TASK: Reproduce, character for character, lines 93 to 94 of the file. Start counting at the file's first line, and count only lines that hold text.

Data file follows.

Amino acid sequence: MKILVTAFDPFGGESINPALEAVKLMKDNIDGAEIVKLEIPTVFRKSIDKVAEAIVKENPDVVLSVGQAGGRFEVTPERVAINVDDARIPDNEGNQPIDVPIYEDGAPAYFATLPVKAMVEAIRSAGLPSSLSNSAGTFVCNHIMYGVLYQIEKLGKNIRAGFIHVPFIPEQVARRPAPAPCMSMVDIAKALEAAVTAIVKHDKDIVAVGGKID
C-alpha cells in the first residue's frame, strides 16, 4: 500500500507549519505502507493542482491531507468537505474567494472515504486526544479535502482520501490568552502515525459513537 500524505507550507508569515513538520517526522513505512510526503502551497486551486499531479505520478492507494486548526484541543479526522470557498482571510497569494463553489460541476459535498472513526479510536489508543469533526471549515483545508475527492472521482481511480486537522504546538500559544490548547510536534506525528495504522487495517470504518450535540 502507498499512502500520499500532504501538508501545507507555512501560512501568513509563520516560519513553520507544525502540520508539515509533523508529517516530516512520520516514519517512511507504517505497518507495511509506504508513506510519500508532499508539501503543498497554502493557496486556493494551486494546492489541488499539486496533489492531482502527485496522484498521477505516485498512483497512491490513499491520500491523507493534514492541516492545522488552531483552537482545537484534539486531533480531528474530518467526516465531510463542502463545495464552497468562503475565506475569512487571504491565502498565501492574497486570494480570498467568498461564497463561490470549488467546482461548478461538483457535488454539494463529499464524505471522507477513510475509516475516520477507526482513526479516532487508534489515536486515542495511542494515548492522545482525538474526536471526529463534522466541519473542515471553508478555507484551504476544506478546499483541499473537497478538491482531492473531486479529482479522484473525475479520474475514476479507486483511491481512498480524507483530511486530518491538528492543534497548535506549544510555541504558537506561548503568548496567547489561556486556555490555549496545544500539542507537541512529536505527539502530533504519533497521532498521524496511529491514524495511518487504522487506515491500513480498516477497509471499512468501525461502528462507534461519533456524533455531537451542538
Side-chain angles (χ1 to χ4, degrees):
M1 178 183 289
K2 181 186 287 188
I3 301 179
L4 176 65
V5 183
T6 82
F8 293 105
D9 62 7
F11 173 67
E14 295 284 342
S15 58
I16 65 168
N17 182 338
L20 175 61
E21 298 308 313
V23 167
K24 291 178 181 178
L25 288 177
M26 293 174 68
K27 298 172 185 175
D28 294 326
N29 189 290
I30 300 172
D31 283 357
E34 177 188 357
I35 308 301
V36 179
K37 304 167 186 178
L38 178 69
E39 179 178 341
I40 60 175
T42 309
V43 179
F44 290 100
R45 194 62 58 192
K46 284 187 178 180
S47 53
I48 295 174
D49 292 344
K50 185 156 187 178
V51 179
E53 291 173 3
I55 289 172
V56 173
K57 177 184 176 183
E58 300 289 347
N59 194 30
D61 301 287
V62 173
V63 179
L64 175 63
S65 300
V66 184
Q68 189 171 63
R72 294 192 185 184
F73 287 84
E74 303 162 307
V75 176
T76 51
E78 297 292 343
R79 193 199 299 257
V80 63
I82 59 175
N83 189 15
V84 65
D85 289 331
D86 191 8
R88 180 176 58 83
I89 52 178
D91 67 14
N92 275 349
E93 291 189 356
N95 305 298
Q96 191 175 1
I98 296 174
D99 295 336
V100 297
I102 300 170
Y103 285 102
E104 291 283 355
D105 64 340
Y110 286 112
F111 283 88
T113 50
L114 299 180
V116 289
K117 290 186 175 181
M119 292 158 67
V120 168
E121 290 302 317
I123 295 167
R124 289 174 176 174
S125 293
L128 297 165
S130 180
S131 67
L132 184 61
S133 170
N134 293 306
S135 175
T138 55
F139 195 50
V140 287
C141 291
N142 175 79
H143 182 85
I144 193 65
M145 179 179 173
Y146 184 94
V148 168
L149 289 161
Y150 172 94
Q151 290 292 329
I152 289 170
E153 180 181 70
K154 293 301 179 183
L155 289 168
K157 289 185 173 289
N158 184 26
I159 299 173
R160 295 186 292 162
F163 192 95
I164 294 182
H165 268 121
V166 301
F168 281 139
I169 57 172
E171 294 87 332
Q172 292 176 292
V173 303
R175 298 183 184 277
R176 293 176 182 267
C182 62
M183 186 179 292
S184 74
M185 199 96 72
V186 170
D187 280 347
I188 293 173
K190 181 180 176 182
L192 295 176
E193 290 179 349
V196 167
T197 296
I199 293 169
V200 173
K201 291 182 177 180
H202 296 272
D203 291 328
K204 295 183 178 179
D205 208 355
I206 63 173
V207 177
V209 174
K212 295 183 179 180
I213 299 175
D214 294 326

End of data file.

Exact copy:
E121 290 302 317
I123 295 167